Researchers at North Carolina State University have found a way to "cage" genetic off switches in such a way that they can be activated when exposed to UV light. Their technology gives scientists a more precise way to control and study gene function in localized areas of developing organisms.
The off switches, called morpholino oligonucleotides, are like short snippets of DNA that, when introduced into cells, bind to target RNA molecules, effectively turning off specific genes. Morpholinos have been used as genetic switches in many animal models, including the zebrafish embryo. However, morpholinos are distributed throughout dividing cells in a developing embryo, thereby turning off the specific gene everywhere. Moreover, they are active right after injection, silencing the targeted gene throughout development of the organism. Such uncontrolled genetic disruption makes studying tissue-specific and time-specific gene function difficult.
Dr. Alex Deiters, associate professor of chemistry, Dr. Jeffrey Yoder, associate professor of molecular biomedical sciences, and a team of NC State researchers developed a new methodology to turn off genes at a specific time and in a specific region of an organism. Deiters' team devised a way to synthesize morpholinos that would only bind with RNA molecules after a brief exposure to UV light, effectively "caging" the morpholino and providing a method for precisely controlling the genetic off switch. Yoder's team then tested the new photo-caged morpholinos in a zebrafish model and confirmed that they performed as expected: the caged morpholinos did not disrupt gene function unless the embryos were briefly exposed to UV light.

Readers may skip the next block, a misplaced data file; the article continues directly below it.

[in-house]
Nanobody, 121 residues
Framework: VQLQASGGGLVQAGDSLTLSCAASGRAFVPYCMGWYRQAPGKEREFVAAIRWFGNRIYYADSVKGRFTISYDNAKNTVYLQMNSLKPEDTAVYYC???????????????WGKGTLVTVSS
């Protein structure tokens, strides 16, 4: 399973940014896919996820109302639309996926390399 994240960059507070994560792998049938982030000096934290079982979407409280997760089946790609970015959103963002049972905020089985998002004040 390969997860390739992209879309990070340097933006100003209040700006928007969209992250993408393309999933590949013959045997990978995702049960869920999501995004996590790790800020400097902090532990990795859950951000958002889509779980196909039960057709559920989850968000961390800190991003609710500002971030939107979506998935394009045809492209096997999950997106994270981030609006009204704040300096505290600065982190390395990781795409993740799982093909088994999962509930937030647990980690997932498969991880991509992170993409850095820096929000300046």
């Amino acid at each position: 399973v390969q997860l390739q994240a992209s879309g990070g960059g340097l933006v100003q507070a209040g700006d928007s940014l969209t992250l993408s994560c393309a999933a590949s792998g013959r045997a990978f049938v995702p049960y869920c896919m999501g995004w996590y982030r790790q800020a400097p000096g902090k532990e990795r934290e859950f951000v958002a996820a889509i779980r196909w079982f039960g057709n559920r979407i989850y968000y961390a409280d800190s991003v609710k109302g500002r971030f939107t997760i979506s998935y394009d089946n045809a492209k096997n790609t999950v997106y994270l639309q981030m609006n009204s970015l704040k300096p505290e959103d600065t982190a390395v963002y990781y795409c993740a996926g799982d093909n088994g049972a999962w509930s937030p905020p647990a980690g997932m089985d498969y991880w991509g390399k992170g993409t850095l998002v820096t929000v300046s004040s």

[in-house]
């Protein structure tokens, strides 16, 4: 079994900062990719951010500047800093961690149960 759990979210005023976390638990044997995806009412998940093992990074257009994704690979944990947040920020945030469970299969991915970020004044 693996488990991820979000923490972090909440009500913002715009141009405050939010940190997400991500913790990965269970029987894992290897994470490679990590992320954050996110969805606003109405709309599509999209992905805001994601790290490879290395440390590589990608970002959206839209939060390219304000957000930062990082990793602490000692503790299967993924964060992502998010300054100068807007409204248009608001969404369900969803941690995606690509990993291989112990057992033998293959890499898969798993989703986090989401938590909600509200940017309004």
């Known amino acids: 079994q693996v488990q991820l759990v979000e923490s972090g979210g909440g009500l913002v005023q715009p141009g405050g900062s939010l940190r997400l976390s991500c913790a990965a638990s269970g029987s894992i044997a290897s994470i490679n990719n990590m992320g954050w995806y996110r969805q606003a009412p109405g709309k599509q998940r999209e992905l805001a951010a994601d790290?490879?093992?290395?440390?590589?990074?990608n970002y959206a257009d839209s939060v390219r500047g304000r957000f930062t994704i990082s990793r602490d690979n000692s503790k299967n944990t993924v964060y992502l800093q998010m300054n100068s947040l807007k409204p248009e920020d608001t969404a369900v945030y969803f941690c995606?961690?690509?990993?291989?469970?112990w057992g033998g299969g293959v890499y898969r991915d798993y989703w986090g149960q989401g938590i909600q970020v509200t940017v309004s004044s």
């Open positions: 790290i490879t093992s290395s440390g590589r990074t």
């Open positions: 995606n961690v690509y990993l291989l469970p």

The researchers' results appear online in the Journal of the American Chemical Society.
The research was funded by grants from the National Institutes of Health. The Department of Molecular Biomedical Sciences is part of NC State's College of Veterinary Medicine. The Department of Chemistry is part of NC State's College of Physical and Mathematical Sciences. Deiters and Yoder are members of NC State's Center for Comparative Medicine and Translational Research.
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